A poster on another thread stated earlier today: "The only reason I ride a motorcycle is the Bonneville. I'm really not that into motorcycles".
This got me into thinking about metrosexuality and the motorcycle market. From what I can see, much of Triumph's advertising in recent years appears to target and exploit the growing metrosexual market. This is particularly the case with some of its market campaigns and use of male and female models. That said, its Steve McQueen and Marlon Brando 'The Wild One' marketing strategy appears to exploit the machismo image associated with that period.
According to quotes in the Wikipedia article: http://en.wikipedia.org/wiki/Metrosexual
Metrosexuality can be defined as:
"Metrosexual man, the single young man with a high disposable income, living or working in the city (because that’s where all the best shops are), is perhaps the most promising consumer market of the decade. In the Eighties he was only to be found inside fashion magazines such as GQ, in television advertisements for Levi's jeans or in gay bars. In the Nineties, he’s everywhere and he’s going shopping."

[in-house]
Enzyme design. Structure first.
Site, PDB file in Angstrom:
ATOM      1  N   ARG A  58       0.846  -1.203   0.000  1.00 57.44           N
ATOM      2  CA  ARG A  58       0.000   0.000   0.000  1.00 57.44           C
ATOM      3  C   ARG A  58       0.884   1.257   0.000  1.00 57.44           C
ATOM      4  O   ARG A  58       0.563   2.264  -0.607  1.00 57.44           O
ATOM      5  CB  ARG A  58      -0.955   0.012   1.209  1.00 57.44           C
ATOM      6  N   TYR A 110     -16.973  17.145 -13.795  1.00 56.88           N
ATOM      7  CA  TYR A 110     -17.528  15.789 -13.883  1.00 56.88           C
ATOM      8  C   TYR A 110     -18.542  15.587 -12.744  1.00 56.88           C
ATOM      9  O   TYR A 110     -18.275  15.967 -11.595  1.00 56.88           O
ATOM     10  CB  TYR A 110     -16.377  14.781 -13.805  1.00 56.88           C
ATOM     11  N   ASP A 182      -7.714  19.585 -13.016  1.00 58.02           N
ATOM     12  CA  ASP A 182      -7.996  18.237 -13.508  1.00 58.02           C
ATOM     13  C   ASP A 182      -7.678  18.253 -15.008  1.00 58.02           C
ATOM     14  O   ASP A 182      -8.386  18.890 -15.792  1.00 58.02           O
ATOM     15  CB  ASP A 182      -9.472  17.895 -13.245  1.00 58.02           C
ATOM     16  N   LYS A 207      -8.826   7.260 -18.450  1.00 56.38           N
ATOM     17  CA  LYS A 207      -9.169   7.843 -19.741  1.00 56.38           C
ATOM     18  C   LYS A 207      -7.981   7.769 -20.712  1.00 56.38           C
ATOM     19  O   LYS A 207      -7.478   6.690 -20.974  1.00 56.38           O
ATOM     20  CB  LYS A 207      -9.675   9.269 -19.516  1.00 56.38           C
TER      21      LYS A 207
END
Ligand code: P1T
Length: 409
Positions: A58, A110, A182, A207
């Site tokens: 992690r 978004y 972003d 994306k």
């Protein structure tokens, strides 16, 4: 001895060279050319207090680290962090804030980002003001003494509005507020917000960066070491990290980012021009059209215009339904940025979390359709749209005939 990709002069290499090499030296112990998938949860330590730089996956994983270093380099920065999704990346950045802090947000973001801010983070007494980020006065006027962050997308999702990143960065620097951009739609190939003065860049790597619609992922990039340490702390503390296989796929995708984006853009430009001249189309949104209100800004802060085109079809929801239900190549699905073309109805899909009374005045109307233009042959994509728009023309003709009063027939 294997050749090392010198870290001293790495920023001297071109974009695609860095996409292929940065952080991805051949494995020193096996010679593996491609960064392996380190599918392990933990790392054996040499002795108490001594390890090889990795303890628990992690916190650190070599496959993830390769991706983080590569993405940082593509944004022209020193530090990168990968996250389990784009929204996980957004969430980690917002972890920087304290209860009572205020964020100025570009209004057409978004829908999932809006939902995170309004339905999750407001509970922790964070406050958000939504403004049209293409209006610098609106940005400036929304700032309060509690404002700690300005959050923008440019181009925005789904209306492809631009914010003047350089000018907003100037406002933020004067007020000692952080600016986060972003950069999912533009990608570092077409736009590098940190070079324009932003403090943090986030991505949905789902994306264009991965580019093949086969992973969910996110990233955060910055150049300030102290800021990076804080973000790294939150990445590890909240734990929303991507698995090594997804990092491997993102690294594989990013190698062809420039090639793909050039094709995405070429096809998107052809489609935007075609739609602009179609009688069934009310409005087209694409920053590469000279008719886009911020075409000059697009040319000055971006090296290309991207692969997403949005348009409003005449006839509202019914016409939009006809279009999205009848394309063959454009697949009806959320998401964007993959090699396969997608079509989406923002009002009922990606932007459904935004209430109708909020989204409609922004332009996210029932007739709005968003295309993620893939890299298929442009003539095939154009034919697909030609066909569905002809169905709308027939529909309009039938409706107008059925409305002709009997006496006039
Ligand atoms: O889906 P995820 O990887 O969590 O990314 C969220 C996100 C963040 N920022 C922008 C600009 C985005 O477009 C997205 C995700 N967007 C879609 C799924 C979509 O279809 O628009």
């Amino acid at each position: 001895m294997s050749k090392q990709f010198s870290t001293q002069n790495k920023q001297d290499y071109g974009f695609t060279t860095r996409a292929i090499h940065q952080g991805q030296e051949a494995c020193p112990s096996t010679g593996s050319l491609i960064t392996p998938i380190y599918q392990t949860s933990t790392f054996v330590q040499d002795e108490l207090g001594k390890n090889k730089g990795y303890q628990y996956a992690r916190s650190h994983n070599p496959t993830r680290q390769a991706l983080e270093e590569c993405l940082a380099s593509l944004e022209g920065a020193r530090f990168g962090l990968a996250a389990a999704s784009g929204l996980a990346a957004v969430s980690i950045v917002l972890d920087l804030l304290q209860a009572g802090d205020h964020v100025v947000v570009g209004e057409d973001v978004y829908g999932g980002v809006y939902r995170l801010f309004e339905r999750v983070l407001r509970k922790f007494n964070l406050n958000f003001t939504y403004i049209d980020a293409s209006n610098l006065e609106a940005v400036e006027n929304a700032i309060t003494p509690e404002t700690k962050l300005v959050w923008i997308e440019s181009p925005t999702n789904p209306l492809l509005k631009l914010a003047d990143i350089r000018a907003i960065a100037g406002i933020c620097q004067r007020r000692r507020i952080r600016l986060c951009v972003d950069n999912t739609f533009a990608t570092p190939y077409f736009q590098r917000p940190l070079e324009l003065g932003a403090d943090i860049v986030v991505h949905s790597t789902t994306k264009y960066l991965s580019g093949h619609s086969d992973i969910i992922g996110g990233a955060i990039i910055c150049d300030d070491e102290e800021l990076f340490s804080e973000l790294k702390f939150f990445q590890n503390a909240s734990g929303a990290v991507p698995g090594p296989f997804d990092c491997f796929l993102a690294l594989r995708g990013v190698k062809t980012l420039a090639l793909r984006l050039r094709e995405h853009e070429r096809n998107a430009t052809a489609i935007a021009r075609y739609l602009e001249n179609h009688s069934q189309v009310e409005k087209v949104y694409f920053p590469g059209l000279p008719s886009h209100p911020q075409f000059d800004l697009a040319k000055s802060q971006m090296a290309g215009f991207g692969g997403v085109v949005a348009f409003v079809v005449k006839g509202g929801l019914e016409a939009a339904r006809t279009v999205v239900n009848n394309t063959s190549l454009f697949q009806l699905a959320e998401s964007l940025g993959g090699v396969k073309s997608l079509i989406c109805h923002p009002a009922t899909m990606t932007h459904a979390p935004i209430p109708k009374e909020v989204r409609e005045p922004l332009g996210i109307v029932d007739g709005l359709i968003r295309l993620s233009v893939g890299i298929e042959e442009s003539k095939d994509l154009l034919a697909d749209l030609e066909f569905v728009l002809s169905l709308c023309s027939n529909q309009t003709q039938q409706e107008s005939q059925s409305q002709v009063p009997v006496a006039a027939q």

More recently, in identifying David Beckham as the metrosexual poster boy, salon.com offered this updated, succinct definition:
"The typical metrosexual is a young man with money to spend, living in or within easy reach of a metropolis — because that’s where all the best shops, clubs, gyms and hairdressers are. He might be officially gay, straight or bisexual, but this is utterly immaterial because he has clearly taken himself as his own love object and pleasure as his sexual preference."
A final quote I like is taken from Mark Simpson's Metrosexy - A 21st Century Self-Love Story
, e-published in 2011 and serialized in the UK newspaper, The Independent
, where he makes some important observations that appear to describe present metrosexual trending:
“Contrary to what you have been told, metrosexuality is not about flip-flops and facials, man-bags or manscara. Or about men becoming ‘girlie’ or ‘gay’. It’s about men becoming everything. To themselves. In much the way that women have been for some time. It’s the end of the sexual division of bathroom and bedroom labour. It’s the end of sexuality as we’ve known it.”
With rapid changes taking place in masculinities in general across the globe, what do others think? Am I wrong to make the connection?